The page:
What happens if I die without a will?

What happens if I die without a will?


If you do not have a Will, the State of Texas has one for you. However, Texas’ “default Will” distributes property in a manner that is not inherently intuitive to non-lawyers. Generally, not having a Will can cause your loved ones to spend time, emotional energy, and money on administering an estate that otherwise could have easily been addressed through estate planning.


Example of a problem:

Your spouse may not inherit your home.





Dudley married Karen, his second wife. Dudley has a child, Sherman, from his first marriage that ended in divorce. Dudley and Karen resided in Dudley’s home which he owned before he married Karen. Dudley saved $100,000 in wages while married to Karen, and Dudley had saved $30,000 before marrying Karen. Dudley dies without a will. What happens to Karen?




Texas uses a community property system, which you may be familiar with in terms of divorce. However, this system also plays a role in estate planning. In this system, there are two types of property:

  1. Separate Property: Separate property – that which was owned before marriage, or which was received by gift or inheritance during marriage; and

  2. Community property – that which is not separate property and each spouse has a joint, one-half interest in it.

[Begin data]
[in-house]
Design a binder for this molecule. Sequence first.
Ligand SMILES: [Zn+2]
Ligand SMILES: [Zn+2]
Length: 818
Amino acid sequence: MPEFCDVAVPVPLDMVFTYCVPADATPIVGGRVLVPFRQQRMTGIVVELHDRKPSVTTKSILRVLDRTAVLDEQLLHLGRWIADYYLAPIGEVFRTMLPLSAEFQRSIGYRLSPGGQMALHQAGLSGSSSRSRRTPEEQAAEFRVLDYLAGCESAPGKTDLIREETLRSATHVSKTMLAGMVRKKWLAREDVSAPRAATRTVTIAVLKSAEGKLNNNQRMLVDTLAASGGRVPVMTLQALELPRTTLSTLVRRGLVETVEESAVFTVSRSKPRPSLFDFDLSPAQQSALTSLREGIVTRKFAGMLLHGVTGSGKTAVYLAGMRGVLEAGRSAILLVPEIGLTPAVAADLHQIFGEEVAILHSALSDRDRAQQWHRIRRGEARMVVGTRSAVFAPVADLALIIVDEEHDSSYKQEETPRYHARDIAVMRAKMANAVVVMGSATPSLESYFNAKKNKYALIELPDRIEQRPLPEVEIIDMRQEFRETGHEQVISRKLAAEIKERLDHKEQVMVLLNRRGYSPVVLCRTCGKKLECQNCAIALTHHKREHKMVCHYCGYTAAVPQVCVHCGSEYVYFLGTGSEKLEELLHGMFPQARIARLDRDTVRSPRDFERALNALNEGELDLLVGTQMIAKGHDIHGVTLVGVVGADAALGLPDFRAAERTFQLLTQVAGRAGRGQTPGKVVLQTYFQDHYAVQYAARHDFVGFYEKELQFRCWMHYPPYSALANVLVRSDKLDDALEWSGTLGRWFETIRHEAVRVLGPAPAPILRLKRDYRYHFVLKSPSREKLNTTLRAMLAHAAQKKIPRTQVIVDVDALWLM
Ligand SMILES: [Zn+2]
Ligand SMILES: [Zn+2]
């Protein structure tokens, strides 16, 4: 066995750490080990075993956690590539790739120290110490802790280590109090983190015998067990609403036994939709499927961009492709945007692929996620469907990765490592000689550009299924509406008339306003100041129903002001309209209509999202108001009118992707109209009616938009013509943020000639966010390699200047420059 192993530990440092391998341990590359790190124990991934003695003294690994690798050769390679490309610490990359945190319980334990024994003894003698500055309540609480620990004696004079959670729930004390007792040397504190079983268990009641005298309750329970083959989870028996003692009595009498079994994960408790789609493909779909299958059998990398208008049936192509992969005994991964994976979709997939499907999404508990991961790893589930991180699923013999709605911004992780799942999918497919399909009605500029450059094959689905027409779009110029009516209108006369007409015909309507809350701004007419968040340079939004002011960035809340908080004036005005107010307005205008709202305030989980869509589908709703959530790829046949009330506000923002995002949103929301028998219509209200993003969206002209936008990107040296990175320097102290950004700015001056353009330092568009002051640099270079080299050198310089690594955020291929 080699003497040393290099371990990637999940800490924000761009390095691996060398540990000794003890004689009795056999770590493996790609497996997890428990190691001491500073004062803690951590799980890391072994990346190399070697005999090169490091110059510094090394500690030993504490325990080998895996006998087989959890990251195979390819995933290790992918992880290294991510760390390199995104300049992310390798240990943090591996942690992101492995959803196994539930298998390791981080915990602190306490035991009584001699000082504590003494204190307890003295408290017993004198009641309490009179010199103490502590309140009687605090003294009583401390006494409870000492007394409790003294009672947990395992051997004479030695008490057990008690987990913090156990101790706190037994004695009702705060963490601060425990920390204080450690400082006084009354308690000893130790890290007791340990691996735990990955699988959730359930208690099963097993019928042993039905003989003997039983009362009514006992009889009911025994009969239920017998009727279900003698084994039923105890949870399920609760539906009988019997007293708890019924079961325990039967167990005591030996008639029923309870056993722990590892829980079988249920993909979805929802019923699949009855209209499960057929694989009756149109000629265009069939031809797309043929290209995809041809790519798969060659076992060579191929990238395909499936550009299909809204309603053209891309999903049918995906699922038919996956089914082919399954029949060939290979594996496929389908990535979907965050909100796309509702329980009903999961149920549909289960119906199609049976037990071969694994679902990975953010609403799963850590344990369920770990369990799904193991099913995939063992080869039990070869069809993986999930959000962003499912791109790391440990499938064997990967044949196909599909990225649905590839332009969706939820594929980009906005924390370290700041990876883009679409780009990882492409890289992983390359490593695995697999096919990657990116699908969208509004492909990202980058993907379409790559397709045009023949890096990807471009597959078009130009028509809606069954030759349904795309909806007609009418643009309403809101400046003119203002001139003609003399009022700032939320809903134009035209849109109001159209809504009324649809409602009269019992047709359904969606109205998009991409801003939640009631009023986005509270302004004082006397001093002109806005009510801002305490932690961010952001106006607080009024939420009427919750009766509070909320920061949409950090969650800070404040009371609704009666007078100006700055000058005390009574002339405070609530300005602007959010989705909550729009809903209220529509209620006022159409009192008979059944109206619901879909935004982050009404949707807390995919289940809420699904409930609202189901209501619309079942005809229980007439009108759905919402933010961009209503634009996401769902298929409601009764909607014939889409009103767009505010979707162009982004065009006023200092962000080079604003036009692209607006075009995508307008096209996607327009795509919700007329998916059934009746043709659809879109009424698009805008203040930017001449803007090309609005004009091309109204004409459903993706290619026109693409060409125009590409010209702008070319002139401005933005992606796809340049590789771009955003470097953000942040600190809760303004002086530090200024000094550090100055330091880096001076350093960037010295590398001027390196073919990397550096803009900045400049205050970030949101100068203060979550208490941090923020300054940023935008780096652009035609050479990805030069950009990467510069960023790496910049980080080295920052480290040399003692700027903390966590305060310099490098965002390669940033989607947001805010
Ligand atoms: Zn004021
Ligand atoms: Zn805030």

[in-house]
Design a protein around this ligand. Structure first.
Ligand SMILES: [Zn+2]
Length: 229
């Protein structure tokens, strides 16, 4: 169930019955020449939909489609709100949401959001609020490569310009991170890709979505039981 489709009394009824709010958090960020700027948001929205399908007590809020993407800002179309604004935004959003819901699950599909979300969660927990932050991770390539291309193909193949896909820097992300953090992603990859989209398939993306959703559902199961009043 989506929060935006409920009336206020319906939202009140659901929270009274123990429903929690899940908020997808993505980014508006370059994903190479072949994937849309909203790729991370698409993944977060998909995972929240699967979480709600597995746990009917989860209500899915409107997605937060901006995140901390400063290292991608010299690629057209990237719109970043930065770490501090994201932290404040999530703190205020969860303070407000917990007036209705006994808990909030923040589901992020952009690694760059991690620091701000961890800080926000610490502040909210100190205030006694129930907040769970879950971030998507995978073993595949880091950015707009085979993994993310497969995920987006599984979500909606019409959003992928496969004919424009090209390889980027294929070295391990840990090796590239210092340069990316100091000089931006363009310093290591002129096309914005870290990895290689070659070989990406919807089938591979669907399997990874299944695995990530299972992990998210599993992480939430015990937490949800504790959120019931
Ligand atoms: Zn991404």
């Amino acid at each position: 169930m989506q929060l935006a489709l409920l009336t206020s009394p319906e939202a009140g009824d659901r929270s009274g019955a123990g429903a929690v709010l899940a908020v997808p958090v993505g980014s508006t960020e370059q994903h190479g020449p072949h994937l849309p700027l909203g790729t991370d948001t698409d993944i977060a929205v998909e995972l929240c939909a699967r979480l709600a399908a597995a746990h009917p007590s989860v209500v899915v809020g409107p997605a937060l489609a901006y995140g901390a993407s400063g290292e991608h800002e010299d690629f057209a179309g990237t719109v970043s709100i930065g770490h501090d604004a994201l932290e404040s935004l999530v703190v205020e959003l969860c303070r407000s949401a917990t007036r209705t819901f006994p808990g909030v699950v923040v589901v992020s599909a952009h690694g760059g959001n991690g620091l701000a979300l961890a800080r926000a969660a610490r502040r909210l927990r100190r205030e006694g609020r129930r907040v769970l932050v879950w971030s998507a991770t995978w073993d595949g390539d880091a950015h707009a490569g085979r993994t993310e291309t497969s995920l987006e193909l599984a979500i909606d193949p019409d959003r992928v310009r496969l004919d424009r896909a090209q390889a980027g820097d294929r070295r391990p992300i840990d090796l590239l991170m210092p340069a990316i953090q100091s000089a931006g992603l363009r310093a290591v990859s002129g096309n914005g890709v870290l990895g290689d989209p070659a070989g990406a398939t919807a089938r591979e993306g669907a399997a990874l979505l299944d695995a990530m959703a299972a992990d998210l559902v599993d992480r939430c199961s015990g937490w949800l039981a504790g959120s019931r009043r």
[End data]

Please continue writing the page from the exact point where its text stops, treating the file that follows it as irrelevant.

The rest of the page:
Under the Texas Estates Code, when a spouse dies without a will and had a child outside the marriage, the following happens:

  1. The decedent’s (the person who passed away) share of community property goes to the child.
  2. The decedent’s child takes 2/3 of separate property that is not real estate.
  3. The decedent’s child takes all separate property that is real estate, but the spouse may live in the residence for the remainder of his/her life.

How this plays out:


1.    The $100,000 –

a. This is community property as it was earned during the marriage, and Dudley owned a 50% share of this money.

b. Sherman (the child) would get Dudley’s entire share of the community property: $50,000; and

c. Karen retains her share, $50,000


2.    The house –

a. This is separate property because Dudley owned it before he married Karen;

b. Sherman gets the home; but

c. Karen retains the right to live there.

Important: If Karen had to leave the home (perhaps because she can’t afford it or needed to move somewhere smaller), Sherman would have no legal obligation to help fund or otherwise finance a new residence.


3.    The $30,000 –

a. This is separate property because Dudley earned it before he was married to Karen;

b. Sherman would inherit 2/3 of this, $20,000; and

Karen would inherit 1/3 of this, $10,000.




Use an estate planning attorney to address your needs. In this instance, Dudley might have wanted to leave the house to Karen. He might have wanted the house sold and the proceeds split between his son and wife. Whatever the case might have been, without a Will, the State of Texas’ Estate Code decided not only for Dudley but also for Karen and Sherman.


Just one variation of the “default Will”


The Texas “default Will” manages the distribution of assets based on the deceased’s situation in life. Factors taken into consideration include marital status, whether the deceased had children, whether the deceased’s parents or siblings are living. Further, you can read my blog post about the negative effects not having a Will can have on minor children here. To help ensure your wishes are carried out, please contact me, your estate planning attorney.